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The Two Koreas: What's Behind a Break in the Ice


President George W. Bush has always talked tough about North Korea. He angered Pyongyang and irritated South Korean President Kim Dae Jung in January, for example, when he named the communist North as one of three nations in an "axis of evil." For Kim, that seemed like one more slap at his effort to improve relations with the North before his five-year term ends next February. Now, though, there are signs that Bush's saber-rattling just might produce an opening in the Cold War's last bastion.

After a year-long hiatus in serious discussions between North and South, a thaw in relations is in the offing. On Apr. 3, South Korea's presidential envoy, Lim Dong Won, headed to Pyongyang with a personal letter from Kim Dae Jung for North Korean leader Kim Jong Il. The message: Seoul will help the North mend ties with the U.S. if the two Koreas can resume their own dialogue. Pyongyang has signaled that Kim Jong Il and other leaders are ready to discuss key security issues, including weapons of mass destruction and ways to avoid military confrontation. "This will broaden the scope of talks and enable Seoul to play a mediating role between North Korea and the U.S.," predicts Lee Jong Seok, a North Korea specialist at think tank Sejong Institute. Adds L. Gordon Flake, executive director of the Mansfield Center for Pacific Affairs in Washington: "[Pyongyang] may think the best avenue for improving relations with the U.S. now is to go through Seoul."

Kim Jong Il has numerous reasons for returning to the negotiating table, analysts say. One is his country's need for food. South Korea provided only 100,000 tons of grain last year, vs. 500,000 in 2000, when the two Kims held a historic summit. Kim Jong Il also apparently wants to engage Seoul while Kim Dae Jung is still around. A leading candidate in December's presidential elections is opposition leader Lee Hoi Chang, who is much less conciliatory toward the North.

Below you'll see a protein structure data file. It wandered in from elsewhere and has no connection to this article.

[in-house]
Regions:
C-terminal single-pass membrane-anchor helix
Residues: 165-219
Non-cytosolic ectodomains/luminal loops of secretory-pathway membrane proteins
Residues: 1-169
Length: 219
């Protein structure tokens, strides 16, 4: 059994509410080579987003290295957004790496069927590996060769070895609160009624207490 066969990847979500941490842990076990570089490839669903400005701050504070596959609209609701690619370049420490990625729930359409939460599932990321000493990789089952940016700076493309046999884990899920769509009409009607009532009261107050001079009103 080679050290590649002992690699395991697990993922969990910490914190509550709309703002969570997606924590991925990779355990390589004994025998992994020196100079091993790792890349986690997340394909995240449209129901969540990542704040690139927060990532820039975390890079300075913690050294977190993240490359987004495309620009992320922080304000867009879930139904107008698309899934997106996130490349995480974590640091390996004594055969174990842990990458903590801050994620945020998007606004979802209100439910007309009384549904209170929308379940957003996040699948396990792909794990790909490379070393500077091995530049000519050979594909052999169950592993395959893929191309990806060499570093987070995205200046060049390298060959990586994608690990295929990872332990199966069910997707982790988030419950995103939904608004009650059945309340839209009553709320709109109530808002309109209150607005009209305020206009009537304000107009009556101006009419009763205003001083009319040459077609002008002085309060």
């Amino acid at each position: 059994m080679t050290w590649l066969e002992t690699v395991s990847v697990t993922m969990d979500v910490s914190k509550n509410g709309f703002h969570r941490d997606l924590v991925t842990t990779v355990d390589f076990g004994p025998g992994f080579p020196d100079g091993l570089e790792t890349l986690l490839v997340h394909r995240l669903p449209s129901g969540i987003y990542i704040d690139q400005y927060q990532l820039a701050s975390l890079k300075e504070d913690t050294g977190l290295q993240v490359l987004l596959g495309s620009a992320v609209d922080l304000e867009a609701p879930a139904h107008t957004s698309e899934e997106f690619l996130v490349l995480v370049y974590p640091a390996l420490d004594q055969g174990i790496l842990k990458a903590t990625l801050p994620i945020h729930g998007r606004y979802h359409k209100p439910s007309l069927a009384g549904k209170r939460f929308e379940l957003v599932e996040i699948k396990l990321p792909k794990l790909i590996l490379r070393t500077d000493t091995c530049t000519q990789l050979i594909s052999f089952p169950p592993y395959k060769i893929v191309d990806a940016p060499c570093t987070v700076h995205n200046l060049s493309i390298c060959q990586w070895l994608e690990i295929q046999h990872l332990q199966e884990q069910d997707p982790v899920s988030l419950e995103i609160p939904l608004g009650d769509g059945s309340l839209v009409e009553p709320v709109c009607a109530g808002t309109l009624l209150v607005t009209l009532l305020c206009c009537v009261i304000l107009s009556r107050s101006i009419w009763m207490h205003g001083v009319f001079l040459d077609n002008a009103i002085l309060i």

But an even more important driving force for Pyongyang may be two complex security issues that threaten to heighten tensions in coming months. North Korea has maintained a self-imposed moratorium on missile testing since 1999. But without a resumption of negotiations with the U.S., Pyongyang has indicated that it could resume testing next year. That would aggravate relations with North Korea's neighbors as well as Washington. "They clearly want to engage the U.S. in talks over missiles," says Lho Kyong Soo, professor of international relations at Seoul National University. Pyongyang is also under pressure to open up its nuclear-power facilities soon to inspectors from the International Atomic Energy Agency. Under a 1994 agreement with the U.S., inspectors must determine whether North Korea has ever produced weapons-grade plutonium before it can take delivery of two new nuclear reactors. The IAEA says the inspection will take three years, but Pyongyang is reluctant to admit inspectors for that length of time. Talks with Washington could break the deadlock.

As Lim heads to North Korea, his challenge is to convince Kim Jong Il that in the post-September 11 world, his country has little choice but to open up. If Lim can jump-start serious negotiations between North and South, analysts predict talks between Washington and Pyongyang could follow soon thereafter. Indeed, two low-level meetings have already taken place between U.S. and North Korean officials at the U.N. But if the North refuses to grant access to its nuclear plants or resumes missile testing, the Korean peninsula could be headed into a dangerous new phase. Much is riding on Seoul's new overture. By Moon Ihlwan in Seoul, with Stan Crock in Washington

EDITED BY Edited by Rose Brady


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